Facebook Took Steps to Protect the Upcoming U.K. Elections From Fake News

The social network ran ads in newspapers including The Times, The Guardian and the Daily Telegraph

Much like it did before the elections in France Sunday, Facebook is taking steps to curb fake news and delete fake accounts prior to the upcoming elections in the U.K.

The social network announced in a Facebook Security note last month that it took action against some 30,000 fake accounts in France, and it ran full-page ads in several newspapers in that country—including Le Monde, Les Échos, Libération, Le Parisien and 20 Minutes—containing tips on how users can spot fake news, similar to the information it began sharing atop its News Feed earlier in April.

Facebook took similar steps in the U.K., with BBC reporting that ads ran in newspapers including The Times, The Guardian and the Daily Telegraph providing 10 red flags for users of the social network to watch out for in determining whether posts are real or fake.

And Facebook told BBC “tens of thousands” of fake accounts have been removed in the U.K.

Facebook U.K. director of policy Simon Milner told BBC the social network was working with third-party fact checkers Full Fact and First Draft, adding:

People want to see accurate information on Facebook and so do we. We have developed new ways to identify and remove fake accounts that might be spreading false news so that we get to the root of the problem. To help people spot false news, we are showing tips to everyone on Facebook on how to identify if something they see is false. We can’t solve this problem alone, so we are supporting third-party fact checkers during the election in their work with news organizations, so they can independently assess facts and stories.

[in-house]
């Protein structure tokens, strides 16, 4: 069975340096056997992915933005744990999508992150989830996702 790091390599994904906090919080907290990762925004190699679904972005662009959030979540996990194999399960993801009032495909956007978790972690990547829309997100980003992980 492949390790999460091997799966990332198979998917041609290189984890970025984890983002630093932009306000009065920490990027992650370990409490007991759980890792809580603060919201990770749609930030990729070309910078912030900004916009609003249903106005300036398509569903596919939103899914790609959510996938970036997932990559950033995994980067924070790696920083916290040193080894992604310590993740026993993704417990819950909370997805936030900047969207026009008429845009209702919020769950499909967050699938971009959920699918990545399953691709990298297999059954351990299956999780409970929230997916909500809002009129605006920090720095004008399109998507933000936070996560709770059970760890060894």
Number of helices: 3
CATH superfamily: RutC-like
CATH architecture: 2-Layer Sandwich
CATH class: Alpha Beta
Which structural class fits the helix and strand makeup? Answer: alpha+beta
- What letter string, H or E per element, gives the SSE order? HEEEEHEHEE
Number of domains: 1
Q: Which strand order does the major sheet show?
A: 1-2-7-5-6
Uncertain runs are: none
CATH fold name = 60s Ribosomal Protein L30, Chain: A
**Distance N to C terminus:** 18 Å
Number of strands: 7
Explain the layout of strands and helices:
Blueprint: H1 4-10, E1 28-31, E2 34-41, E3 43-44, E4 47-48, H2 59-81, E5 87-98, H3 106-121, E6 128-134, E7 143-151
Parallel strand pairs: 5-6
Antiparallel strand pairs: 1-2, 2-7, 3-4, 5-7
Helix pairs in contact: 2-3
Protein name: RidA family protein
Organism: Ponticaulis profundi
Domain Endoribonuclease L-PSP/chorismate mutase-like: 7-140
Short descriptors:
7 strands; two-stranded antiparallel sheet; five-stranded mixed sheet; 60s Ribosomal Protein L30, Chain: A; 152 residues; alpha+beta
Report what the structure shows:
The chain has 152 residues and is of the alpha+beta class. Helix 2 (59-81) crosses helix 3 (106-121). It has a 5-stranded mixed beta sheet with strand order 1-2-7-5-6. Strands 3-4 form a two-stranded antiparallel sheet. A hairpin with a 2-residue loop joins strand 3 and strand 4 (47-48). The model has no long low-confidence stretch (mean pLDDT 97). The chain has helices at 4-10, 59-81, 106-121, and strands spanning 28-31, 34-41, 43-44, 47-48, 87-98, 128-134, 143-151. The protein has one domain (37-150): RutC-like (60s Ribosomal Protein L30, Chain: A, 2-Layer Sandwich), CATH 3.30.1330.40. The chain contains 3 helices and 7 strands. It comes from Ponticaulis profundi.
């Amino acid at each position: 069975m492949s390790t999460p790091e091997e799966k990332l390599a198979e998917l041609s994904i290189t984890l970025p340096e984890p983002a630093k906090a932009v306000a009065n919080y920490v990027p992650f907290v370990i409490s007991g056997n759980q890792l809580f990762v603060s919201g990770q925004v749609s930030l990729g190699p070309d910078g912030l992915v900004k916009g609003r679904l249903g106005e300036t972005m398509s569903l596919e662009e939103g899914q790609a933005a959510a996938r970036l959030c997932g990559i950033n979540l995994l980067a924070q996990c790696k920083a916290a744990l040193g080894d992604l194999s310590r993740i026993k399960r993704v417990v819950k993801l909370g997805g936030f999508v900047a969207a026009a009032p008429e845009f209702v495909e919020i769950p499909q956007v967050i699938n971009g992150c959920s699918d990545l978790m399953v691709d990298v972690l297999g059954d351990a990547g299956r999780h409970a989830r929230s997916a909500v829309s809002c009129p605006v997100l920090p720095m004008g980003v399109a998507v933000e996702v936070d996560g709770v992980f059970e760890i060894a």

The social network told Natasha Lomas of TechCrunch it is monitoring repeated posting of the same content or spikes in messaging activity, flagging accounts displaying those traits, adding:

These changes help us detect fake accounts on our service more effectively, including ones that are hard to spot. We’ve made improvements to recognize these inauthentic accounts more easily by identifying patterns of activity without assessing the content itself. For example, our systems may detect repeated posting of the same content, or an increase in messages sent. With these changes, we expect that we will also reduce the spread of material generated through inauthentic activity, including spam, misinformation or other deceptive content that is often shared by creators of fake accounts.

Image of fake news and facts keys courtesy of keport/iStock.

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